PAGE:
The European Center for Not-for-Profit Law (ECNL) in its newsletter of 23 November had a lot of items on crime fighting and fundamental rights:
Expanding the use of tech for countering terrorism – what about considerations for human rights?
The UN and member states are increasingly concerned about the role of emerging technology, such as artificial intelligence (AI), biometric systems, and information and communications technology to facilitate terrorism. They are using assumptions about such threats to justify calls for broad and unrestricted counter-terrorism responses, including the use of the very same technologies that can be then abused by authorities.
There is little evidence showing that AI and tech is effective to fight terrorism. In contrast, harm and human rights abuses caused by tech are real and documented. In this Just Security blog, we urged the UN Security Council ahead of its meeting in India to scrutinise how emerging technologies are used for counter-terrorism purposes, and meaningfully involve civil society in doing so.
Are you interested to find out more about the link between technology and civic space? In our new module on ECNL’s Learning Center you can explore how tech is deployed for surveillance for the purpose of countering terrorism and how its different forms impact our human rights and civic freedoms.
Learn more on surveillance tech here!
FinTech: how emerging technologies for financial compliance impact civic space
Over the past decade, new technologies have been expected to increase efficiency in tackling financial crime far beyond human compliance checks. However, the impact on nonprofit clients and marginalised communities are often an afterthought for financial institutions when technologies to fight money laundering or terrorism financing are developed.
In our report, prepared by ECNL, Rita R. Soares, LL.M., Dr. Tasniem Anwar and Dr. Mara Wesseling, we show the real-world impact of these emerging technologies and propose recommendations to improve nonprofits’ access to financial services. Read the report here.
The AI Act should not contain exemptions for ‘national security’
As we argued in this EUobserver opinion, national security means different things to different people, lacking a strict, agreed definition. Therefore, any exemption in the EU AI Act for this sake is vague from the outset, open to abuse and can harm our fundamental rights and freedoms. European citizens recognise this threat: a new poll commissioned by ECNL has exposed public fears over the use of AI by governments. 70% of the respondents said that when governments use AI for national security, the rights of individuals and groups should always be respected, without any exceptions. Read more about the poll results here.
Meet the Global CFT Expert Hub!
ECNL works with over 70 activists and experts from more than 45 countries to rebut attacks on their operations that governments launch under the guise of anti-money laundering and counter-terrorism financing. Learn more about the Hub and what it means to our partners.
Join the Global CFT Expert Hub!
Non-profit is harmed by anti-crime legislation
On of the focus areas of ECNL is security and counter-terrorisme (page). The problems of the non-profit with crime fighting (including anti-money laundering, ‘AML’, and countering the financing of terrorism, ‘CFT’) is introduced with:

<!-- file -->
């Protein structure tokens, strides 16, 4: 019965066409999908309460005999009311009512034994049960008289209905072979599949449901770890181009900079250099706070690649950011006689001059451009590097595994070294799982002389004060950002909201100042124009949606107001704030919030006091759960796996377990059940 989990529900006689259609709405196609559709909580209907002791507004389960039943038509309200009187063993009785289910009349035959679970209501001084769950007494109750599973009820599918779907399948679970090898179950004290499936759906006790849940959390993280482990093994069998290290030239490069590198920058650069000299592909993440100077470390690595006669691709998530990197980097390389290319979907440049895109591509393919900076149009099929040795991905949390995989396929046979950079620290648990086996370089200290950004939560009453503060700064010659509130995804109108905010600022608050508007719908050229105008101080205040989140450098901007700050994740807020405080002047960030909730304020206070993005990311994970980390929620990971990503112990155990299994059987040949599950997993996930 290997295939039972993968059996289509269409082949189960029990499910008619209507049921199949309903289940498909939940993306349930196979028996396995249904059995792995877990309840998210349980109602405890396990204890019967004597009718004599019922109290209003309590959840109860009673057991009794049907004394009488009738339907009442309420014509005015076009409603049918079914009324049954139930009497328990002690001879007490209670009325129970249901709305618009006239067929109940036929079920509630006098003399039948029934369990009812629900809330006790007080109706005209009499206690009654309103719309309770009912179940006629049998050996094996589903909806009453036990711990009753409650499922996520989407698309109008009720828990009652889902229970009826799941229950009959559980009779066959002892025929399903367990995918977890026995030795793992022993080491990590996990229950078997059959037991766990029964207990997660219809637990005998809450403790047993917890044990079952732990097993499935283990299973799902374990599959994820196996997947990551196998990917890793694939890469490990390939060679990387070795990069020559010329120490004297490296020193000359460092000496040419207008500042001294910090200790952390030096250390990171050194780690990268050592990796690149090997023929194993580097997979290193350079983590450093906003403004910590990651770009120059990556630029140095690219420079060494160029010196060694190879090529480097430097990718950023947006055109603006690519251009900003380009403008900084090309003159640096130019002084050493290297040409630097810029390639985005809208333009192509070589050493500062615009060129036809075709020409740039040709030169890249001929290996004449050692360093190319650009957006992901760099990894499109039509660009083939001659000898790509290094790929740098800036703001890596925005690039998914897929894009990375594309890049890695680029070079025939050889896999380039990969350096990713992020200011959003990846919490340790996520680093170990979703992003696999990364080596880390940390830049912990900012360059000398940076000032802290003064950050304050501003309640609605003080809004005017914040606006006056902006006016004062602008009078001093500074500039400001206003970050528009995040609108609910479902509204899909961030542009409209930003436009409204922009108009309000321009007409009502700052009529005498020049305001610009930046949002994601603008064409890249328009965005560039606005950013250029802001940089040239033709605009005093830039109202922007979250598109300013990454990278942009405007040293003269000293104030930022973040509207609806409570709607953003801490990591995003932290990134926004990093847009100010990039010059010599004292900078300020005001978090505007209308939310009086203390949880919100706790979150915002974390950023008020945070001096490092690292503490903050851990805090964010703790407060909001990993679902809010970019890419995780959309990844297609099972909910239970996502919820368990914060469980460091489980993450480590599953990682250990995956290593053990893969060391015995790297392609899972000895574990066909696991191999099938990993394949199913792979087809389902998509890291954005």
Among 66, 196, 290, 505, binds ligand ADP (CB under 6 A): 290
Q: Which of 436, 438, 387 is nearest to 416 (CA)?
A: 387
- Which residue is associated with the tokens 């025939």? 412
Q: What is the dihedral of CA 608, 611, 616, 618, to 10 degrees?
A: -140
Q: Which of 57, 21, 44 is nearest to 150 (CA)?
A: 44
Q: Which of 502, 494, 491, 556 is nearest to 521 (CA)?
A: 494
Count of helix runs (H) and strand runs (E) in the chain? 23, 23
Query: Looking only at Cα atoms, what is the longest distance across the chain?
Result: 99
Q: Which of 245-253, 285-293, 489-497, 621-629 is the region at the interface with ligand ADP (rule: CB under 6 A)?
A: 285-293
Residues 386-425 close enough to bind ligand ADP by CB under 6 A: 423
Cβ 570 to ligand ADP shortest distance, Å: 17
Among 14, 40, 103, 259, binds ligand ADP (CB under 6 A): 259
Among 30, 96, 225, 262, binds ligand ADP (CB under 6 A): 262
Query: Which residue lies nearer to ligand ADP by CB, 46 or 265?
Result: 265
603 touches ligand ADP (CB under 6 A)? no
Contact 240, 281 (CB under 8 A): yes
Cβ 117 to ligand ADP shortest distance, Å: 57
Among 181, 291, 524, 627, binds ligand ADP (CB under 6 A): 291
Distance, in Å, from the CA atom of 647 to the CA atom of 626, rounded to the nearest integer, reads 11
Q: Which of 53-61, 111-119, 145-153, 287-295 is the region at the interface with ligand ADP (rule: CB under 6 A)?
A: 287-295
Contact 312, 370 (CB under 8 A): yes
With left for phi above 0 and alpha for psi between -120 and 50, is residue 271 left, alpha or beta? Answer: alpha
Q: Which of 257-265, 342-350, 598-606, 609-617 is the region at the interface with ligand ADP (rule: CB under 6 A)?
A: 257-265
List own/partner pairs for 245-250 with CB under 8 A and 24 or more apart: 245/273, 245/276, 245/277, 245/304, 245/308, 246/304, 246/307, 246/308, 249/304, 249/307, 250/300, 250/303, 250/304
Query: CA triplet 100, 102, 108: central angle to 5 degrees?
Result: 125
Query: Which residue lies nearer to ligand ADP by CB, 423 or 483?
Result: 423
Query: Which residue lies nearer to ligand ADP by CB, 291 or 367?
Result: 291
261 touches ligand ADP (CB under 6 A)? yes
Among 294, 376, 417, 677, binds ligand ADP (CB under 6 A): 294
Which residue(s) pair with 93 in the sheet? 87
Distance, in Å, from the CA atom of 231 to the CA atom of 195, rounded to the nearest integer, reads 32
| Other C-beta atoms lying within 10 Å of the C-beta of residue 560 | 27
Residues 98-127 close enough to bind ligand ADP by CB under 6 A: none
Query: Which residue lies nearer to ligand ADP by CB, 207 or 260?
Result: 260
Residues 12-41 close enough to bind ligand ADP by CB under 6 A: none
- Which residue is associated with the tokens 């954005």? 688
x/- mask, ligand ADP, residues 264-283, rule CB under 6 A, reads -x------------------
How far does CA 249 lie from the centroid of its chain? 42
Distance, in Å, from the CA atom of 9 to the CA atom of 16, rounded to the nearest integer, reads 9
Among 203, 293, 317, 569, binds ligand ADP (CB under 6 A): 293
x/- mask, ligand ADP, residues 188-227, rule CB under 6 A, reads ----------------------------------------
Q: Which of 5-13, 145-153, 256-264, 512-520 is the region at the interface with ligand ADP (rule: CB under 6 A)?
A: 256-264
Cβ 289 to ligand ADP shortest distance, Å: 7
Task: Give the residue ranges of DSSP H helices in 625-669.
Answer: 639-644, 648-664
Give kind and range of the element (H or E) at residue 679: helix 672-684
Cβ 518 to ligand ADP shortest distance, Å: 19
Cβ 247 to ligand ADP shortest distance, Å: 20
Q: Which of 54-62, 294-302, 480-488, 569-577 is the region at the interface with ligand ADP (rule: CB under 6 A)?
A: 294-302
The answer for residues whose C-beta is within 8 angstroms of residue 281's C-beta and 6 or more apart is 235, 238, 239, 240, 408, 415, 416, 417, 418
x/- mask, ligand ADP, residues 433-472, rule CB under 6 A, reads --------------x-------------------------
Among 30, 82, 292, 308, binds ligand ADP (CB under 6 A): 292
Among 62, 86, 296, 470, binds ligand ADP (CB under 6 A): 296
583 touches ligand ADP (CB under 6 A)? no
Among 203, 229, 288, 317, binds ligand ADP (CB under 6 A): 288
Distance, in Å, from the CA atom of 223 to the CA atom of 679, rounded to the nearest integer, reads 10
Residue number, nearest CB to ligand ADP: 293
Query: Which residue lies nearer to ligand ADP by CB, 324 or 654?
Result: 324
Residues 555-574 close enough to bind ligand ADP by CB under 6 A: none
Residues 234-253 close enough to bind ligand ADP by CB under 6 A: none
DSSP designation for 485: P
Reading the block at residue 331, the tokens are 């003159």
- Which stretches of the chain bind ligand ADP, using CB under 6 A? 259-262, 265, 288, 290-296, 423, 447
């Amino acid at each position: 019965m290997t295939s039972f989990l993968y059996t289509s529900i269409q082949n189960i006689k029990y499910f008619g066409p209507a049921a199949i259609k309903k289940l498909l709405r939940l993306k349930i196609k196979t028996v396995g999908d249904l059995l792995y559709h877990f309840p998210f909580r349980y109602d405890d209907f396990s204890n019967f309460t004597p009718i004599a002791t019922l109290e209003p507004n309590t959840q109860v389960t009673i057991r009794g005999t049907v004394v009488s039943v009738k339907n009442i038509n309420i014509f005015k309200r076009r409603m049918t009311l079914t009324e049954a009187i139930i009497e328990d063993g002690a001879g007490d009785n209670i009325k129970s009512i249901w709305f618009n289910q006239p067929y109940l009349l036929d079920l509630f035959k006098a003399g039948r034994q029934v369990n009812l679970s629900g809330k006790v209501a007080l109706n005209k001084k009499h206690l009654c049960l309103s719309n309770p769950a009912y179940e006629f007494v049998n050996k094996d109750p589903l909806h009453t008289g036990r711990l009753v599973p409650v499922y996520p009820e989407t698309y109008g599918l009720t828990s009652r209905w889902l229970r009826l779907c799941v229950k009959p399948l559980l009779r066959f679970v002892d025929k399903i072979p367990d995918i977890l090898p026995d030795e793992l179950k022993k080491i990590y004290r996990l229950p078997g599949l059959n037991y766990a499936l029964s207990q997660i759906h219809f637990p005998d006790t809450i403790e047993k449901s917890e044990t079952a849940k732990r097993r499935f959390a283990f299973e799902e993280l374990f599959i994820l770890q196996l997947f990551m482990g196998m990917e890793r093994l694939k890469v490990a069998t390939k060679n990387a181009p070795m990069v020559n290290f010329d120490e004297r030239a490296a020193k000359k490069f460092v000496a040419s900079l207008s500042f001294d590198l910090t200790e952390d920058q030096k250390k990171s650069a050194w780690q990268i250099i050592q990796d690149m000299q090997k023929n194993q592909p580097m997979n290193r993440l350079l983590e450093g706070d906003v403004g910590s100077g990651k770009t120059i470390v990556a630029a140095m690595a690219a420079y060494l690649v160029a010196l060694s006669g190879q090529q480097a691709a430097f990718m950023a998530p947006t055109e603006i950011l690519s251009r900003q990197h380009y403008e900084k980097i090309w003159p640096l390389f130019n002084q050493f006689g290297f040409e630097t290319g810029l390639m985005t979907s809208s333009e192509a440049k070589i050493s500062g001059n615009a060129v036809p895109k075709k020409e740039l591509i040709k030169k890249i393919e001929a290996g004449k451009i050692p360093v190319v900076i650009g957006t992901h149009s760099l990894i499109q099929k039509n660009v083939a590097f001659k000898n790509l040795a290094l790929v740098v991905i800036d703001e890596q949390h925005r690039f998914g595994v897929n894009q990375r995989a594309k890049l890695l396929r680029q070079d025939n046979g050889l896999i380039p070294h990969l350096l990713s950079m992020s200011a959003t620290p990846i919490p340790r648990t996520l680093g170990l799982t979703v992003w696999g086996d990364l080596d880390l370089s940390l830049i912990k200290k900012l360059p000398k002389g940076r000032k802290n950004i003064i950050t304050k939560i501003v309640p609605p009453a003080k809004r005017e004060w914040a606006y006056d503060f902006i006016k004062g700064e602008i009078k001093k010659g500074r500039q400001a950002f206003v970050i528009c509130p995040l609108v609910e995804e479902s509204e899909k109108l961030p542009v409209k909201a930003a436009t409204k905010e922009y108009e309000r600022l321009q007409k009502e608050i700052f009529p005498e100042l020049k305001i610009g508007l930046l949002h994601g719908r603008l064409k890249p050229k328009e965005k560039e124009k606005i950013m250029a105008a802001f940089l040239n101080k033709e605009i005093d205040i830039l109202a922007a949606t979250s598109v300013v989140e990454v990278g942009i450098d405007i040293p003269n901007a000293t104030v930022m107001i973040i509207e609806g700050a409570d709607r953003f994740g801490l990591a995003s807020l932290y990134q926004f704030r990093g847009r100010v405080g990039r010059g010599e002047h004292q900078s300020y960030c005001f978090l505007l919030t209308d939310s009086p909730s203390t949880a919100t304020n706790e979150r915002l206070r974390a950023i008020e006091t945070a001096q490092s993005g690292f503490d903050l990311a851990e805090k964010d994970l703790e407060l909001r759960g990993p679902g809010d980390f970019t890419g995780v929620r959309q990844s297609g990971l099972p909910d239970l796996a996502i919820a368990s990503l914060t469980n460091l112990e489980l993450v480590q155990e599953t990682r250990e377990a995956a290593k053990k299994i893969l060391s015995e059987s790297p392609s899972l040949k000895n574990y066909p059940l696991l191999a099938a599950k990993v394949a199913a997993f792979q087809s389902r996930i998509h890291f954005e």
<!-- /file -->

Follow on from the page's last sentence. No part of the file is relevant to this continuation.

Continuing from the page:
In the 20 years since 9/11, global bodies and governments across the world have used counter-terrorism/financing, anti-money laundering and national security laws (including most recently emergency related regulation) and narratives to restrict and criminalise the rights to association, assembly, expression, privacy and participation.
Together with the Special Rapporteur on the promotion and protection of human rights and fundamental freedoms while countering terrorism, we have documented over 150 security-related measures, including counter-terrorism financing and anti-money laundering laws. These have negative impact on human rights and CSOs either because of poor design or intentional misuse to target activists.
Their Global Expert Hub on AML/CFT includes over 80 activists form more than 45 countries.
More ECNL news is to be found on this page.
Dutch example of the way non-profit organisations are harmed by AML/CFT: Doorgeslagen fraudejacht bij banken treft goede doelen, Dirk Waterval in Trouw, 2 December 2022, quote (machine translation):
In their extensive hunt for fraud and criminal money flows among customers, banks also target individual directors of small charities or other foundations. This happens, for example, if such a charity has ever been in the news negatively.
In such cases, board members of charities may be asked about small transactions on their personal bank accounts, such as a €10 investment in crypto coins. Banks may also ask them about their travel movements, which bank employees read from the locations where the customer has made PIN payments.
This is a translation of:
Banken richten zich in hun uitgebreide jacht op fraude en criminele geldstromen onder klanten ook op individuele bestuurders van kleine goede doelen of andere stichtingen. Dat gebeurt bijvoorbeeld als zo’n goed doel ooit negatief in het nieuws is gekomen.
In zulke gevallen kunnen bestuursleden van goede doelen vragen krijgen over kleine transacties op hun persoonlijke bankrekening, bijvoorbeeld over een investering van 10 euro in cryptomunten. Ook kunnen banken hen vragen naar hun reisbewegingen, die bankmedewerkers aflezen aan de locaties waar de klant heeft gepind.